Austin Anderson was next in line in Oregon’s bullpen game. The first two Bears reached against him, but he struck out two and stranded the runners. Cal fell to 1-for-11 with runners in scoring position.

“Those guys were fantastic,” Wasikowski said of the bullpen. “That was clearly the star of the game.”

But the Ducks couldn’t capitalize on Cal’s missed opportunities, blowing another critical chance of their own. Nishida and Colby Shade singled in the fifth, and Drew Cowley walked to load up the bases. For the second straight inning, Oregon grounded into an inning-ending double play, this time off the bat of Sabin Ceballos.

Walsh and Thompson both reached with two outs in the sixth. After 4 2/3 innings in relief of Becerra, Galan’s night finally came to an end. Grant struck out to end the inning, bringing the teams’ total to 1-for-16 with runners in scoring position.

Matt Dallas made his first appearance since May 14. Another double play helped him work around a walk in the sixth. He issued his second walk in the seventh, then gave up a long fly ball that nearly left the park but was run down by Shade.

Mercado, in his return to the bullpen, entered with two outs. He recorded a strikeout, then threw a perfect eighth to hold the deficit at one.

“A must-win game. No-brainer,” Wasikowski said of bringing in Mercado. “Logan wanted the ball, came to us at breakfast this morning. I mean, the guy was ready…. He was gonna start on Thursday, and I just told him, ‘We don’t play it that way right now.’”

The tables finally turned in the eighth, despite Oregon still failing to record a hit with a runner in scoring position. The huddle in the dugout, led by Grant, allowed them to put the previous seven innings behind them.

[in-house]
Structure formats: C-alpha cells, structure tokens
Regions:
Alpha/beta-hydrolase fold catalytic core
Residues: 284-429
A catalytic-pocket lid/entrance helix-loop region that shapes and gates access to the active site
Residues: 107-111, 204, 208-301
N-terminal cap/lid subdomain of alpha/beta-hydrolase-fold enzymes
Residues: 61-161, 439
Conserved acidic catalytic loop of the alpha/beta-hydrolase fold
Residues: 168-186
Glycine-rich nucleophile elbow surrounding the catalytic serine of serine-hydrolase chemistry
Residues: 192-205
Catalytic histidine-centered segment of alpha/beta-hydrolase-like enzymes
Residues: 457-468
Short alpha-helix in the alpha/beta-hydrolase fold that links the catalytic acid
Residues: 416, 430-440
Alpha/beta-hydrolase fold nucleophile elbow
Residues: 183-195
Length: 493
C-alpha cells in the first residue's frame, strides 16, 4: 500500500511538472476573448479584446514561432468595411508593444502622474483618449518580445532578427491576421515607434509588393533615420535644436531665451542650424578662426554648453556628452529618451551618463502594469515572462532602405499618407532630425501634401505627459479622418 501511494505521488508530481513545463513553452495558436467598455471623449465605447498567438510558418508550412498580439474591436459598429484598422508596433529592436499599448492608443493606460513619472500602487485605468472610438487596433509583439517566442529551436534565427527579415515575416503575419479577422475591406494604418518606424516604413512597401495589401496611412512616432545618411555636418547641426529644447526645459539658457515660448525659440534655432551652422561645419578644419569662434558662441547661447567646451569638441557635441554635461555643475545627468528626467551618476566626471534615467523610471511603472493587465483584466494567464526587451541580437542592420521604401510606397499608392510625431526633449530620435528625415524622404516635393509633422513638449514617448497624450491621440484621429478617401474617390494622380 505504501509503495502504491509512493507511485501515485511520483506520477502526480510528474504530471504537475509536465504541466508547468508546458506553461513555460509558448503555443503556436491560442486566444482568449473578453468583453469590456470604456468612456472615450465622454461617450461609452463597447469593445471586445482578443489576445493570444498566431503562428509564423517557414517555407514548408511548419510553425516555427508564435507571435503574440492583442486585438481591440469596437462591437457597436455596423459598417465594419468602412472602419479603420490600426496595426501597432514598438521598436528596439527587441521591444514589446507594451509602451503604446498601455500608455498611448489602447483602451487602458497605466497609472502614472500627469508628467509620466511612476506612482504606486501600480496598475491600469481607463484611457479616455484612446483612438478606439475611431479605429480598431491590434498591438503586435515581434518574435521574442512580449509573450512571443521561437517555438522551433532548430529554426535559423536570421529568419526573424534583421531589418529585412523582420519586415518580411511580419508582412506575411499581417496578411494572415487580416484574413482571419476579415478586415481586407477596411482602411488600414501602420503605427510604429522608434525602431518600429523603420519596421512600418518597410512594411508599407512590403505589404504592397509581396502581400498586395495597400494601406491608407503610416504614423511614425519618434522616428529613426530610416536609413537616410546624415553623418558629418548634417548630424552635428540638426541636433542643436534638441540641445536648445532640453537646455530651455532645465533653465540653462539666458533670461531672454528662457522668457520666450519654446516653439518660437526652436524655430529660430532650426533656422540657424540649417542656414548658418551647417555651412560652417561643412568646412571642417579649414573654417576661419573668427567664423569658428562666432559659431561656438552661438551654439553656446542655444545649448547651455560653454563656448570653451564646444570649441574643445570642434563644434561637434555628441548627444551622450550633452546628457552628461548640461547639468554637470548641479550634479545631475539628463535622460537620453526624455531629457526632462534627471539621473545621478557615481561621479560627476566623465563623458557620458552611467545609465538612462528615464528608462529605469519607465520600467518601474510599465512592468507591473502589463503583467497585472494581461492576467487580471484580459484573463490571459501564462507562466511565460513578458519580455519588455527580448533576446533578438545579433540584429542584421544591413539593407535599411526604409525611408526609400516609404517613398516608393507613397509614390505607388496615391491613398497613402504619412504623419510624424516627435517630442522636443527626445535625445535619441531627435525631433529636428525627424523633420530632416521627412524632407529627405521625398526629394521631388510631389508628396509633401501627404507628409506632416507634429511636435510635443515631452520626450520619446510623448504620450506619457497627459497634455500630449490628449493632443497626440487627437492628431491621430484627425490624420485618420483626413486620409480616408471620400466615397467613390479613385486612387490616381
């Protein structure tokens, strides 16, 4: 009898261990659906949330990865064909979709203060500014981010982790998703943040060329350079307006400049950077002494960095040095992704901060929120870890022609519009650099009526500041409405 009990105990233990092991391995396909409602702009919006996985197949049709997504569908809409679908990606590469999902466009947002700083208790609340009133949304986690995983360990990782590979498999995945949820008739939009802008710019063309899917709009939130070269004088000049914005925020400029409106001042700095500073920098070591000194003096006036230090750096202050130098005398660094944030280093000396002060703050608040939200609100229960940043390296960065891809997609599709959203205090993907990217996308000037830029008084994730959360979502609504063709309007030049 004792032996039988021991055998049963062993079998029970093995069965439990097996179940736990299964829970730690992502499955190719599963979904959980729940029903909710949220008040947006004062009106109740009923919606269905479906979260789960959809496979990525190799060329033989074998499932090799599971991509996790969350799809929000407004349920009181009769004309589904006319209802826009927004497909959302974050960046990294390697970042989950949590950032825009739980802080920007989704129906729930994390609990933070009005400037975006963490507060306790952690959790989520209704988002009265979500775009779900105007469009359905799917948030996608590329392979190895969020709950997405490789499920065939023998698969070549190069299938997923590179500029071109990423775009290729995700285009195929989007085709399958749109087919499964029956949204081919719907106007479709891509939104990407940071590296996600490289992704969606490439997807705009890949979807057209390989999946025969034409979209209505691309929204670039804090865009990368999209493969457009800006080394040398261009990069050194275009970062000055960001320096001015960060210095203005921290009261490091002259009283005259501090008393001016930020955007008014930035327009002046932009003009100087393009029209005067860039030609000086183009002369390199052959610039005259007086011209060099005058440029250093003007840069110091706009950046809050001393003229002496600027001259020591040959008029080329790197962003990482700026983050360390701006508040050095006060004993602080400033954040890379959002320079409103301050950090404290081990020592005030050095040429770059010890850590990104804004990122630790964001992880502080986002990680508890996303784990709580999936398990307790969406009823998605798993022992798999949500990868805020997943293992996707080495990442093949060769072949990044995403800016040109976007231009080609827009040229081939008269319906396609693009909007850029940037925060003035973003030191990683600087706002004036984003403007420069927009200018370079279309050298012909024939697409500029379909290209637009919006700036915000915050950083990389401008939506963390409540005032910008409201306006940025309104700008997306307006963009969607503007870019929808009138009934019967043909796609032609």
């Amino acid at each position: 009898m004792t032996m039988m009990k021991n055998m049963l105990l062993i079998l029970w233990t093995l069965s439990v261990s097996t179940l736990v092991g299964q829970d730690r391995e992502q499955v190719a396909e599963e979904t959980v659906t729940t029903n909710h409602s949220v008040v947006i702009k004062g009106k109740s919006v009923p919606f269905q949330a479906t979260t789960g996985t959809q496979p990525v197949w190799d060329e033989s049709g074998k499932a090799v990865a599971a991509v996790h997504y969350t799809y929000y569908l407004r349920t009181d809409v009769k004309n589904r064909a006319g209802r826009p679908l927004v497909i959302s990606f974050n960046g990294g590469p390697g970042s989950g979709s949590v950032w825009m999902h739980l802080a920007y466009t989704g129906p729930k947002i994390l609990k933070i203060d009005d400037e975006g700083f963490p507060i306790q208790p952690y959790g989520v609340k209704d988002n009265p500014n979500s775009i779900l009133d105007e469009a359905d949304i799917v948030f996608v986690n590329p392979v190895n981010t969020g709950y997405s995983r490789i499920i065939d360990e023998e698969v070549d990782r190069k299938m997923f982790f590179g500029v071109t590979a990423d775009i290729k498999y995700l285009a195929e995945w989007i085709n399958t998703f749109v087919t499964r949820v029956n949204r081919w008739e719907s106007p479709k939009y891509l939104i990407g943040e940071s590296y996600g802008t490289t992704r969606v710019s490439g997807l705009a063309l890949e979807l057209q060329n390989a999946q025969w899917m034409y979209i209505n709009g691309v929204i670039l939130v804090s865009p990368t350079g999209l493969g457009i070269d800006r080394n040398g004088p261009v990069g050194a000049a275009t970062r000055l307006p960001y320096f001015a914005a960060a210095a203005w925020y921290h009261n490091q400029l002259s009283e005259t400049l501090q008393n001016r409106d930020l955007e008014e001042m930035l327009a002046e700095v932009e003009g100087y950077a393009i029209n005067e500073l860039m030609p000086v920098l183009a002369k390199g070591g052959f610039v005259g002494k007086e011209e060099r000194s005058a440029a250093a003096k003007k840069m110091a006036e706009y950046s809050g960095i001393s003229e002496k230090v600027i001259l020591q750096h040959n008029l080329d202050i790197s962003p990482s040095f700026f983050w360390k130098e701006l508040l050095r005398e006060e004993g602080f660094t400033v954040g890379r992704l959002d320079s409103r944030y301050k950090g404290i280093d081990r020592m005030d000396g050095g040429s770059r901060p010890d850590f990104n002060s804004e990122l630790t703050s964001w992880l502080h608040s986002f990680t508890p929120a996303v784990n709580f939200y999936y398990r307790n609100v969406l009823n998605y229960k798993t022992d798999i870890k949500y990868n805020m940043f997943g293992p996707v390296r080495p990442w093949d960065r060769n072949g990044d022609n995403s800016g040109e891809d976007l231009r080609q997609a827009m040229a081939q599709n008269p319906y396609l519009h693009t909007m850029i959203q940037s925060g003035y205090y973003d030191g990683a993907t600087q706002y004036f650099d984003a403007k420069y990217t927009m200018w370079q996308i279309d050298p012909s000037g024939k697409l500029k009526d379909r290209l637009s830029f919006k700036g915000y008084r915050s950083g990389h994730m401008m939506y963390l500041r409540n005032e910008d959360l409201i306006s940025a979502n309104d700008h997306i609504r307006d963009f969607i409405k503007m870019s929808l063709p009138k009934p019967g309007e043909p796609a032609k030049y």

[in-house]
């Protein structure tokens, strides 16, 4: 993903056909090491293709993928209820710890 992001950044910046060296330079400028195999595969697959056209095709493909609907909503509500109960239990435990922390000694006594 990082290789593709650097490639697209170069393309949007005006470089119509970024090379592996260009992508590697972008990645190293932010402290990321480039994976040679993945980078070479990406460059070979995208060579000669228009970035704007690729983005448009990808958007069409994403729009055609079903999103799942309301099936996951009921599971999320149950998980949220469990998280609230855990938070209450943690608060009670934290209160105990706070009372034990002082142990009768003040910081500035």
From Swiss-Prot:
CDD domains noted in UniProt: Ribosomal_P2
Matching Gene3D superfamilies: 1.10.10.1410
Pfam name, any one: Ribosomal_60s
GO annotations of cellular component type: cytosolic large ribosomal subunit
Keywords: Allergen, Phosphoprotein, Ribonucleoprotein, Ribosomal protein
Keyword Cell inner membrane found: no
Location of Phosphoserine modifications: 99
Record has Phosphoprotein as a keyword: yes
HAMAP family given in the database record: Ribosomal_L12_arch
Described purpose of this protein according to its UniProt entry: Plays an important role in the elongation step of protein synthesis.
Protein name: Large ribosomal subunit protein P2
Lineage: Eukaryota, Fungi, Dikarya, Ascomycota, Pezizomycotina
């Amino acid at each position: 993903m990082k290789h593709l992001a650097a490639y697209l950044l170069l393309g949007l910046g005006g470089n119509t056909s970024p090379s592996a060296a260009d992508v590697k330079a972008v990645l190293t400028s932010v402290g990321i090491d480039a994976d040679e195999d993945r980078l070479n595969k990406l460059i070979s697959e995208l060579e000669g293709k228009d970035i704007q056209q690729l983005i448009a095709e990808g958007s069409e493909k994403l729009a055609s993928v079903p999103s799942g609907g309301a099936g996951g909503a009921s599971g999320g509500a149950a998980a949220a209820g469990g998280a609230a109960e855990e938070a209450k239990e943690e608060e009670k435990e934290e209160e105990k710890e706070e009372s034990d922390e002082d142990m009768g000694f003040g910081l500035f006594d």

“Gavin has really good feel as far as when the moment requires him to use his voice as a leader and step up in situations like that,” T. Smith said. “And it seems like every time he does, the team responds really well to it.”

Ceballos led with a single. A T. Smith double put Ceballos on third, as the right fielder just missed making the catch.

“I thought he caught it until I heard the dugout. It started going crazy,” Smith said. “That was a real exciting moment.”

D. Smith hit a routine ground ball to third, and pinch-runner Bryce Boettcher initially didn’t run. It was nearly a disaster, as T. Smith was running to third. But the shortstop mishandled it and made an error, allowing Boettcher to sprint home with the tying run.

“Early on, we were putting maybe a little bit too much pressure on our at-bats,” T. Smith said. “I think towards the end there, we really just were able to slow it down, play some team baseball and focus on the task at hand.”

Cal brought a lefty in the game, and Walsh tagged him for a sacrifice fly to give Oregon a 3-2 lead. Thompson added a single, but D. Smith was caught trying to steal third.

Closer Josh Mollerus allowed a leadoff single but locked down the save in the ninth, allowing the Ducks to take a big sigh of relief. It was their first win in the short history of the Pac-12 Baseball Tournament.

“Going into the weekend, everybody — especially that was returning — had that taste in their mouth of what the tournament was like for us last year,” T. Smith said. “And to finally get to this win and get it off our backs was awesome.”

Oregon will look to stay alive in the tournament against Stanford on Thursday at 7 p.m.

“A couple double plays happened tonight, but we just gotta stick with it,” D. Smith said. “Keep sticking to our approach, and things’ll start falling and things’ll start going our way like it did in the eighth tonight.”

Sports Reporter

Joseph “Mojo” Hill is a sports writer and associate editor from Los Angeles. He enjoys watching and covering baseball. Outside of writing, he enjoys watching movies, playing tennis and playing clarinet.